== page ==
GT Preview - Understanding Johnson's "Flex Bone Offense"
Growing up in Savannah, Georgia, Paul Johnson was some sort of legend because he won some second-rate National Championships at Georgia Southern (just kidding GSU fans).
The reason Johnson became so popular at Southern and, later, at Navy and GT is because of the success he has had running a very unique offense - the flex bone offense. Typically, you see high schools and small colleges running these offenses because the offense covers up a talent gap by making defenses play perfect.
Now, a big misconception about Paul Johnson's offense is that it is called the "Triple-Option Offense" well, that is just incorrect. The triple-option is a concept that is run out of the flex bone, but it is not the correct term for the offense. In today's X's and O's articles, I just wanted to show you some of the "basic" run plays that you will see this weekend - The Inside Veer, The Outside Veer, The Midline, and the Counter Option. I played in a flexbone offense in high school, and my alma mater, Savannah Christian, runs this offense to a "T." Although there are more plays - the toss sweep, veer action passes, and cross buck - I just wanted to show you these base plays.
The Inside Veer
The inside veer is the "basic" run play that the flex bone is based. The backside A-back (wing) goes in an orbit motion, gets 7x1 (7 yards away by 1 yard back), and awaits the pitch. The B-back (fullback) aims for the near hip of the play side guard, takes/fakes the handoff, gets square to the line of scrimmage or looks for the cutback if he gets the ball.
The QB steps play side at 3 o'clock and goes through his read. For the dive read (#1), the read is to give unless 1 pinches flat down the LOS - if he crashes, he pulls. Then, the QB goes to his #2 read. The goal is to get square and keep the ball unless 2 commits to the QB - then he pitches it.
The Outside Veer
Should the defense begin to clog the inside A/B gaps, the outside veer allows for the offense to still run the triple, just to a different hole. The backside A-back again goes in motion and gets 7x1. The B-back aims for the outside hip of the play side tackle and gets square after the mesh (handoff).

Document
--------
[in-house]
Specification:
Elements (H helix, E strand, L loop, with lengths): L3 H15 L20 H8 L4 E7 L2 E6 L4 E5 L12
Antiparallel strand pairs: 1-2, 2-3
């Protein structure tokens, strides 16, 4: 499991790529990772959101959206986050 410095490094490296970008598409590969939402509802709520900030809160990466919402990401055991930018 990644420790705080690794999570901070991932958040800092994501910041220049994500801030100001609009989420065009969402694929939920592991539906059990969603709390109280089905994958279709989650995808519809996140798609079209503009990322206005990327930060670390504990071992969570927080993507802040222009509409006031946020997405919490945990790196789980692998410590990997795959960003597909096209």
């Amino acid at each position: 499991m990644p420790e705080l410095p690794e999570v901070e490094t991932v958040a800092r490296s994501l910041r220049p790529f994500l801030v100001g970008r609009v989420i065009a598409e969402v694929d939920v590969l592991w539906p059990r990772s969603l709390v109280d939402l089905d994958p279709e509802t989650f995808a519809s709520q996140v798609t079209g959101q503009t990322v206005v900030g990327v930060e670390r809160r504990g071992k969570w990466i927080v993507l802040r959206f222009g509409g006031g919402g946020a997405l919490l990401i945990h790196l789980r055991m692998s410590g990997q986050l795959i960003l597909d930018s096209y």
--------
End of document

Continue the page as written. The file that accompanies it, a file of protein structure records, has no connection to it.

The QB's job is to get down the line, get 1 foot of depth, mesh (handoff/read) and sit. The line will block down on the DT's and LB's, so the QB will now read the end man on the LOS or OLB. If the OLB (#1) crashes down the LOS, you pull, if not, you give the dive. The next read is the pitch read (#2) which is the CB because the WR crashes down on the safety. If 2 commits to the QB, you pitch, if not, you keep.
Again, this is just another variation of the option - except, it gives the offense the ability to hit the A-gaps hard. This is a downhill run that hits the defense up the gut if they lock of the B, C, and D gaps.
The backside A-back goes in orbit motion, but just becomes a blocker. The play side A-back goes in and leads through the hole as the lead for the QB. The B-back runs on the midline (center of the LOS) and slides to the play side.
The QB reads the first person away from the play side of the center. He reads, clears the midline, rides, and ducks into the B-gap if he pulls. The read is that the QB is to give unless the 3-tech (or first person on the play side LOS) pinches flat down the line. If they do pinch, the QB is to get up through the hole and gets what he can.
The Counter Option
Finally, this is just one of the counters of the flex bone offense. When the defense begins to fly down on the orbit motion, the call is to run the counter option - which is just the inside veer with a twist.
The backside A-back goes in orbit motion, however, when he gets half way, he counters back to the backside (which is now the play side) and the offense runs the veer to that side. The read is the same as the inside veer (or outside veer - whichever is called). This just gives the offense the ability to counter any action to the motion by the defense.
HOW TO STOP THE FLEXBONE
The reason you run this offense is the balance it enables you to have. The flex bone, in its base formation, is a balanced formation. Therefore, defenses cannot scheme to the strong/weak side. What is causes the defense to do is to make sure they play disciplined and play focused for all 4 quarters.
How you stop this offense is to stop all three phases - the dive, the pull, and the pitch. Defenses have to get off blocks, stick to and know their assignment, and make plays. Another technique - other than playing perfect defense - is to mix your fronts, stunts and blitzes.
For Georgia, look to see a mixture of 3, 4, and 5 man fronts. You will see OLB's and DE's run twists and stunts to mix the QB's reads. The safeties will fill down into the run lanes and CB's playing and recognizing passes vs. runs. The big thing is - when they stop the basic plays we've shown here - they must respect the veer-action passes and counters. Playing disciplined is the key and that is why I like UGA vs. GT.